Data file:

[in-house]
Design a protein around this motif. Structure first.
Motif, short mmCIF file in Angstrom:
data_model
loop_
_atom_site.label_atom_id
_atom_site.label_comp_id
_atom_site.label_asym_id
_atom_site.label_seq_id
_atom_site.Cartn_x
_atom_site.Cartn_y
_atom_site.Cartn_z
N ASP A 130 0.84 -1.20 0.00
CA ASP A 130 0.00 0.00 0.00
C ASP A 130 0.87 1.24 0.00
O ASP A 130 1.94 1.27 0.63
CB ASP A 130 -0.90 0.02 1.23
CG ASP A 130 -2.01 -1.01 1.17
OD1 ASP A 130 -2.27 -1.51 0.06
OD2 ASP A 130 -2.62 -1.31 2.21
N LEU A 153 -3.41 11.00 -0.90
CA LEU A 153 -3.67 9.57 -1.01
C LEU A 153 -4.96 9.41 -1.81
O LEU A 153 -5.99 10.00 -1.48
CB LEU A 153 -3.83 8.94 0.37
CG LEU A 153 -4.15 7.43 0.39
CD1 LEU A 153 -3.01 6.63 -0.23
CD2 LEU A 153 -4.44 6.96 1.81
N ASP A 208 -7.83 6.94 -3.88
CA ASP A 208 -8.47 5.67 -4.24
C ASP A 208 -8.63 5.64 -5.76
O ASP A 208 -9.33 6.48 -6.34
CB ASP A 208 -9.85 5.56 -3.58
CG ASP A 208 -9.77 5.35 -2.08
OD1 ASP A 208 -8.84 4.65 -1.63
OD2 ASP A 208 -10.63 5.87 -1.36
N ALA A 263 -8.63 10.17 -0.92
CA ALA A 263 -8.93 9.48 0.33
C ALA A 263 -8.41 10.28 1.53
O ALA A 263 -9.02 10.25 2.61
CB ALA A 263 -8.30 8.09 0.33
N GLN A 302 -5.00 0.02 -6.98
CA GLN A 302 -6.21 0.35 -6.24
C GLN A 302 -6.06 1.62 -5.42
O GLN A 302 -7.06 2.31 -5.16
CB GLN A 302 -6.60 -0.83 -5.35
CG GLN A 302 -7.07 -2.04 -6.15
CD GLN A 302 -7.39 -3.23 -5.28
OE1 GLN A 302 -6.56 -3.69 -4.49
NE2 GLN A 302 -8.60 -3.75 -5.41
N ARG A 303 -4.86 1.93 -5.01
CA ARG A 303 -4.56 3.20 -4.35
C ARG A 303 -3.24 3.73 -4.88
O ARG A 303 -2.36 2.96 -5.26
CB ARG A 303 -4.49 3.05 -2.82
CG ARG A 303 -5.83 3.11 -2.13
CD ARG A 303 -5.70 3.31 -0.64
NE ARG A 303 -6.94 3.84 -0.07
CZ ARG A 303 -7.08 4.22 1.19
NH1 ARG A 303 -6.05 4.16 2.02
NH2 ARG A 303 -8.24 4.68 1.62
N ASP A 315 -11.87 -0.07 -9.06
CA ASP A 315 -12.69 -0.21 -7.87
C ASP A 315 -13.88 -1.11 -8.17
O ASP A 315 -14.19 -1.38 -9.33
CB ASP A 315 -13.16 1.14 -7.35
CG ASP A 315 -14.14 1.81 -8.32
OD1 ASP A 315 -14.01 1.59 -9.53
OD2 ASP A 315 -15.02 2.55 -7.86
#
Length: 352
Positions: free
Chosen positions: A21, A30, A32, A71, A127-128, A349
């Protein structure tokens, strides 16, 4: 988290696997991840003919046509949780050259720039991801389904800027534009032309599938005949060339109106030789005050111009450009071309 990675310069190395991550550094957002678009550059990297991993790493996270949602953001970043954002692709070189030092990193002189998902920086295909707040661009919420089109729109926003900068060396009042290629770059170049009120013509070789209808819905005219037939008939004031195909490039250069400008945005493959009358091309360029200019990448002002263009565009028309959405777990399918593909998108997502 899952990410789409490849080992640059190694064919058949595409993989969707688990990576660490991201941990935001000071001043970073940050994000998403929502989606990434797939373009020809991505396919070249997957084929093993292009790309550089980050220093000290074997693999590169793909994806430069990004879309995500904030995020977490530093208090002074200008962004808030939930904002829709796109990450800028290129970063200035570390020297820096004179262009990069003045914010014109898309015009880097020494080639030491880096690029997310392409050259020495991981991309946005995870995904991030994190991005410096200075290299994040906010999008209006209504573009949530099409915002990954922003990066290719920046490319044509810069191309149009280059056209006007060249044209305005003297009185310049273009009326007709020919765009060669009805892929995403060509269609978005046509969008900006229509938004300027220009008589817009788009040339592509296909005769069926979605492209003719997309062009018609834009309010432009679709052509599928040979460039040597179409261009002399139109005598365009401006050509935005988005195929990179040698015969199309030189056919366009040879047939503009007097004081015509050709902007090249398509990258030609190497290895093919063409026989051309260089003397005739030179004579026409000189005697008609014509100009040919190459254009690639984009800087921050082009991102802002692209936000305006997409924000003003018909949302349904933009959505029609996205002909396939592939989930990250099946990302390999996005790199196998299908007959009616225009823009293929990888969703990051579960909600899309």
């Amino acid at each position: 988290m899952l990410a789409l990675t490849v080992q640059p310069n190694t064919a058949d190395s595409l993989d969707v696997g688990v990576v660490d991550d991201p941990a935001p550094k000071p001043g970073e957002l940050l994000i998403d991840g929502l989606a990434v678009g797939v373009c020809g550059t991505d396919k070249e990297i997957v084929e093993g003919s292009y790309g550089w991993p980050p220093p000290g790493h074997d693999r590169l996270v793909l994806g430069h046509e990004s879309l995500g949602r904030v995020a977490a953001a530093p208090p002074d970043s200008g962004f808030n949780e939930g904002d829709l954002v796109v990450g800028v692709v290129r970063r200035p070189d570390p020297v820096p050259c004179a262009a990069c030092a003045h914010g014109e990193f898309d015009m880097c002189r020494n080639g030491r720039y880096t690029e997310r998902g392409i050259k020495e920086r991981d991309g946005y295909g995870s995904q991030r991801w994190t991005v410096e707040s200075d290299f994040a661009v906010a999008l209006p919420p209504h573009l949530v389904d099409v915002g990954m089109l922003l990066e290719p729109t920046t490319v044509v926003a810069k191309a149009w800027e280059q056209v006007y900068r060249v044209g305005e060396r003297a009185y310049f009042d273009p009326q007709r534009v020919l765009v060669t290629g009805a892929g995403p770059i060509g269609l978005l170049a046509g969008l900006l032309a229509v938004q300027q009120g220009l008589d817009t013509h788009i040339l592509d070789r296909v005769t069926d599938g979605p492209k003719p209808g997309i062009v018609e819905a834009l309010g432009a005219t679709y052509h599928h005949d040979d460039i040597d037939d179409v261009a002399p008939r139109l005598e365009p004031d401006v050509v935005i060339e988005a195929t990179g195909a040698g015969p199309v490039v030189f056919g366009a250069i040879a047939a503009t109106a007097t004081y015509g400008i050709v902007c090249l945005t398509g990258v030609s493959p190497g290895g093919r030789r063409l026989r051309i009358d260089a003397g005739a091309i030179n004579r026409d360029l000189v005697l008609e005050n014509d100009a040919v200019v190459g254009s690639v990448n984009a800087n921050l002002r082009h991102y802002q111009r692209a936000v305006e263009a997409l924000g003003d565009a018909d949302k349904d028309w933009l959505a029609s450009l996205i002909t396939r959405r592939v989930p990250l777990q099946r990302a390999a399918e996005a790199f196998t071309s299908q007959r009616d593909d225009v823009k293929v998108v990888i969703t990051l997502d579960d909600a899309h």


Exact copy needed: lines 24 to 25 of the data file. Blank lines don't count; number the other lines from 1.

O LEU A 153 -5.99 10.00 -1.48
CB LEU A 153 -3.83 8.94 0.37